Each stars the ESG staff and SC4 students and faculty, they are written purely for entertainment, but in the dark and twisted sense of the word. Without further ado, here is our first tale of crypt.
We submit to you: The Deadline a tale of paranoia of the digital age, and this is The ESG.

We had been working at the paper late that night, like usual. We were true journalists, over worked and under paid. Burning both ends of the candle for one lousy credit. Everything had been going fine that night, business as usual… until we opened that e-mail. It was nothing, or at least it should have been nothing. It was just spam, we told ourselves. It’s just the result of some creep. But no matter how hard we tried, we couldn’t shake the shiver from our spines.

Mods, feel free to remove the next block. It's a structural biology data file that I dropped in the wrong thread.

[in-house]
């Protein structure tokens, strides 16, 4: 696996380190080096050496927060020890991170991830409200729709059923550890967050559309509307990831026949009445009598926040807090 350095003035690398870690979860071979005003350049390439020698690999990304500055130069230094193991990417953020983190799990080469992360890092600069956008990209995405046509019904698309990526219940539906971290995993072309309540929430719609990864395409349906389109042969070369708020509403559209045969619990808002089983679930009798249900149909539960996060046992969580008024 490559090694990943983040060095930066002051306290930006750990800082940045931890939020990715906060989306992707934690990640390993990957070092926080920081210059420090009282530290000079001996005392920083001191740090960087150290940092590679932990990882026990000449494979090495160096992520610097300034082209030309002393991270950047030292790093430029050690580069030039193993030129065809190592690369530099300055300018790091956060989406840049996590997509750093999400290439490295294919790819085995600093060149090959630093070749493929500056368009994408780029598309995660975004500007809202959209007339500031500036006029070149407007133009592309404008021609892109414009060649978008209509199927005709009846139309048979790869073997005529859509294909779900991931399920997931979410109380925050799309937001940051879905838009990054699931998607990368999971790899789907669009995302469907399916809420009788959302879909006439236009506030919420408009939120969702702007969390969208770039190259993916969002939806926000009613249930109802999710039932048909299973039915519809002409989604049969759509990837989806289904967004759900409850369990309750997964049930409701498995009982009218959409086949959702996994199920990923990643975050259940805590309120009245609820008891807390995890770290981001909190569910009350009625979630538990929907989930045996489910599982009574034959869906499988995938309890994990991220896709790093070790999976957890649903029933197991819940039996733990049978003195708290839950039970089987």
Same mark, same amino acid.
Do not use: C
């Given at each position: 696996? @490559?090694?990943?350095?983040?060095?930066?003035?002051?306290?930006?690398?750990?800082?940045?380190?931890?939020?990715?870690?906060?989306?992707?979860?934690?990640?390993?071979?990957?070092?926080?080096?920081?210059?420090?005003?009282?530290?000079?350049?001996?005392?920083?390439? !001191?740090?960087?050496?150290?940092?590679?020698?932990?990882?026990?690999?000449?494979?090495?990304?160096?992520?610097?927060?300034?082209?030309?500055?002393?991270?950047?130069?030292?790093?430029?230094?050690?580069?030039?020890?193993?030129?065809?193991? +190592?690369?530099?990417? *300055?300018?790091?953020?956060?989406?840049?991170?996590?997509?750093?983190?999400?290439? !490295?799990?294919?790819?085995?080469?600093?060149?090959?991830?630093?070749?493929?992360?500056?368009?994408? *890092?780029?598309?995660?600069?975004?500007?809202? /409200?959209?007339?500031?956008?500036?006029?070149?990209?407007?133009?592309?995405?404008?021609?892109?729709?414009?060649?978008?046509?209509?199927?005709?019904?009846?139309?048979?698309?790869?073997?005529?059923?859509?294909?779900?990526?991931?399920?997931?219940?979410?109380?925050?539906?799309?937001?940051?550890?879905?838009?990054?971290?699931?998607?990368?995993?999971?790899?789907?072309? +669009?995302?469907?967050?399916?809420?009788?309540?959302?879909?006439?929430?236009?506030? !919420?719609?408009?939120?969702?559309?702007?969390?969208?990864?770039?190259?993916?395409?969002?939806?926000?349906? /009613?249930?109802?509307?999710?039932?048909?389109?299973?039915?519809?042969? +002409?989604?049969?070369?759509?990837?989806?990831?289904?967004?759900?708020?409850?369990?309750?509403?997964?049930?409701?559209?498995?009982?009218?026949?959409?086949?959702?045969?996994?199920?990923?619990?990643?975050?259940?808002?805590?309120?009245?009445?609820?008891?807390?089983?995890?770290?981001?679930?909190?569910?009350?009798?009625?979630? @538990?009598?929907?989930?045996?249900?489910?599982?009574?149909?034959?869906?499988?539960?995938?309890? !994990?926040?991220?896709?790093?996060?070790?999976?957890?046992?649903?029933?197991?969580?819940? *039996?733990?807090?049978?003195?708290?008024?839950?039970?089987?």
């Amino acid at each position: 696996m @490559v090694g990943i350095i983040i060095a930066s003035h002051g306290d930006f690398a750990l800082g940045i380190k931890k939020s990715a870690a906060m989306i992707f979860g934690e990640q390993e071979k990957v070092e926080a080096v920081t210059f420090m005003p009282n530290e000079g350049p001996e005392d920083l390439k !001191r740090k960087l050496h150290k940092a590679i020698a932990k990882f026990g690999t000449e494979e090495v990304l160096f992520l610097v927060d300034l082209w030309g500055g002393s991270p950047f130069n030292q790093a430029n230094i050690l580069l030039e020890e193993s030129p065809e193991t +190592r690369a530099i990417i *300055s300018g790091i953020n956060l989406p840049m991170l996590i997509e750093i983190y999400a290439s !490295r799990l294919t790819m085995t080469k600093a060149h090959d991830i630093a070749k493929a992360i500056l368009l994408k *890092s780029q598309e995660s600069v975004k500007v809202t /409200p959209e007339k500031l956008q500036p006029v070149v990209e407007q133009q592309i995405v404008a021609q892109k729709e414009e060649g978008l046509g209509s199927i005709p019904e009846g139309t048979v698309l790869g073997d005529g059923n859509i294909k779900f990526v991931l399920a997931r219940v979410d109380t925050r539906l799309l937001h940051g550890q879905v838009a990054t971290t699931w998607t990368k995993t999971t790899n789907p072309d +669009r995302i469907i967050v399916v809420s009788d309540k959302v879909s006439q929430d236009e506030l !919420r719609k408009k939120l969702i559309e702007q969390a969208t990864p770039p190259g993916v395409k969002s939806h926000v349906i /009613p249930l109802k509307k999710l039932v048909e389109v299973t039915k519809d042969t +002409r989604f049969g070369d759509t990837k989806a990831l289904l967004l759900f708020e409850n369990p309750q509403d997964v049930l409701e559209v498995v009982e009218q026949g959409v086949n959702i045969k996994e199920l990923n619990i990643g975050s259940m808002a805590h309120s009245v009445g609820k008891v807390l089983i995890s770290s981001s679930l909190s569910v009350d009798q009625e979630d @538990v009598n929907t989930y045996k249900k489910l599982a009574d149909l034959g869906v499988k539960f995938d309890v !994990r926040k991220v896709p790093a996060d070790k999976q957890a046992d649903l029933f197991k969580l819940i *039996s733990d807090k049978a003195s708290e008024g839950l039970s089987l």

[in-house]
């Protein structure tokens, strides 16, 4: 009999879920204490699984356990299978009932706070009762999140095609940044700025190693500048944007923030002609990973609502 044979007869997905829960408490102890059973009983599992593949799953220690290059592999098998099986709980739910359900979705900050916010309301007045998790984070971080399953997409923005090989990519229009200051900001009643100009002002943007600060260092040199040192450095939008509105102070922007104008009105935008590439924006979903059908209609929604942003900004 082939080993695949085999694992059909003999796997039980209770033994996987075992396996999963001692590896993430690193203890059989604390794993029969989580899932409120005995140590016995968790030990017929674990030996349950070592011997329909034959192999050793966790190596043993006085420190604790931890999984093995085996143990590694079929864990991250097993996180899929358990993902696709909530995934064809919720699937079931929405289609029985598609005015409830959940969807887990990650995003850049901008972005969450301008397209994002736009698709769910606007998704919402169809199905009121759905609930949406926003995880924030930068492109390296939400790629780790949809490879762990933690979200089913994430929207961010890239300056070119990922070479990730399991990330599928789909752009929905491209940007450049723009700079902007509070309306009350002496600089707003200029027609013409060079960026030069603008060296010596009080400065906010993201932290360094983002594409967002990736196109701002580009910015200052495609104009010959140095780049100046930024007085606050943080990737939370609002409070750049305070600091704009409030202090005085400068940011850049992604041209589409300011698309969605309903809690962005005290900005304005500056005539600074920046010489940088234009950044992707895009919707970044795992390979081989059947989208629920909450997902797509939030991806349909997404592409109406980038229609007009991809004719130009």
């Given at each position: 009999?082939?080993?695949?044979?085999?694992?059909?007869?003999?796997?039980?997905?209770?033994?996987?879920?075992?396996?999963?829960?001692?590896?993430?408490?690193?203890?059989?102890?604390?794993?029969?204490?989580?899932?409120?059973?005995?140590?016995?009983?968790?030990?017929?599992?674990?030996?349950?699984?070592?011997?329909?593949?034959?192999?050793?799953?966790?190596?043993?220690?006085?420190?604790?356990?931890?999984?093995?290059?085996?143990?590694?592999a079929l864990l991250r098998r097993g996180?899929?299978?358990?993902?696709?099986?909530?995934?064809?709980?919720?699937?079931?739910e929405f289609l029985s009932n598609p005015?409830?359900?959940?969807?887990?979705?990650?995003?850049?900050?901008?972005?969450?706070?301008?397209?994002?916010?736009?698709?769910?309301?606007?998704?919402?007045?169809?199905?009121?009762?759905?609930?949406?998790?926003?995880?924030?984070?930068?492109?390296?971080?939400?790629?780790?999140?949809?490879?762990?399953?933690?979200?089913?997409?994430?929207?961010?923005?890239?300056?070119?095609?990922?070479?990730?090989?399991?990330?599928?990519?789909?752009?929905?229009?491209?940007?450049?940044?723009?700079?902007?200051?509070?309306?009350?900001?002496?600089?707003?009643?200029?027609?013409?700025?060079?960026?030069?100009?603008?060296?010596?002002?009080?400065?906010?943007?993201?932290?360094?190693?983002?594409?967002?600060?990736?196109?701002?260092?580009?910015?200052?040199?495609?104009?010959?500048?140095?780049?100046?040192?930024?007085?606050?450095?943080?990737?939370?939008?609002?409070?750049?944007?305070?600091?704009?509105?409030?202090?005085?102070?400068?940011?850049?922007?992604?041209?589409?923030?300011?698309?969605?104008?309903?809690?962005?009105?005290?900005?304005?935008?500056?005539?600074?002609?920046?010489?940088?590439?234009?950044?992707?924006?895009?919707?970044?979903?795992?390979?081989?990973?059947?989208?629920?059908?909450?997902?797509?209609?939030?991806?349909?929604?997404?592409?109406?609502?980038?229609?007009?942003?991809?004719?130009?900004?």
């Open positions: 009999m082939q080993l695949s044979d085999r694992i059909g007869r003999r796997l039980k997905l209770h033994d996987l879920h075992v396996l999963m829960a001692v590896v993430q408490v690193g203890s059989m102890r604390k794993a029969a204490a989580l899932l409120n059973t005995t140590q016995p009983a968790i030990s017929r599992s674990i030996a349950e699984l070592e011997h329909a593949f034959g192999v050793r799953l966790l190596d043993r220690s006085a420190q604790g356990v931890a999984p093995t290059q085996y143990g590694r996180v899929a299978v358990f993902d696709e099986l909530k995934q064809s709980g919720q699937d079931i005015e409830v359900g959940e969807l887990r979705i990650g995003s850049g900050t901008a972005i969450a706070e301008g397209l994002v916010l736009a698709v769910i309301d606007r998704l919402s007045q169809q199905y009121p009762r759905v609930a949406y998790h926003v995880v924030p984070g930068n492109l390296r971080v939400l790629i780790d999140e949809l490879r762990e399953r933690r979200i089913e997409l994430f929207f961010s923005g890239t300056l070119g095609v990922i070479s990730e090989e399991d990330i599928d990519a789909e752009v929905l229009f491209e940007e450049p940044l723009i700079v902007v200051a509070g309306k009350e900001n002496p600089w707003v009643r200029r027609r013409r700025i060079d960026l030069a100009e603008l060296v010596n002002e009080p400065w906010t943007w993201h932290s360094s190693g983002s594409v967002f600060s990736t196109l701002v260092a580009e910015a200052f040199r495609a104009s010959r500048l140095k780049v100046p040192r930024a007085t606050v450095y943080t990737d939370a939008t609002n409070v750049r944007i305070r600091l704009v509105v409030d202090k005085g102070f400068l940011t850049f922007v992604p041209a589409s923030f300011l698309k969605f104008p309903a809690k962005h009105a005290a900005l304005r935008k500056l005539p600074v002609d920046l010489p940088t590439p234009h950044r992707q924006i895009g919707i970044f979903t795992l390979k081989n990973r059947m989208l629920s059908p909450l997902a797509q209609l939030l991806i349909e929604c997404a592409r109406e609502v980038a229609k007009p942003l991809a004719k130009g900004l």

The picture was of us. Us from last week more specifically. Taken from outside the window, it was just us working. Nothing actually sinister about it, but we couldn’t help but feel unnerved. It was the caption that was the worst:
“Hard at work?”
We tried to forget it, put it out of our minds and move on with our lives. It was a Halloween prank by a student, probably a friend of ours… right?
Things only got worse the next day. None of us got any sleep. How could we? We tried keeping our minds off of it, but there was no use. On Tuesday, we kept looking over our shoulder at the windows, waiting. And then, like clockwork it happened again. Angie got the E-mail. Recipient: Unknown.
The image this time was more disturbing, it wasn’t all of us this time. This time the picture was just of Angie, a picture of her alone in the office. We didn’t know what to say. Furious and terrified Angie replied: “Who is this?”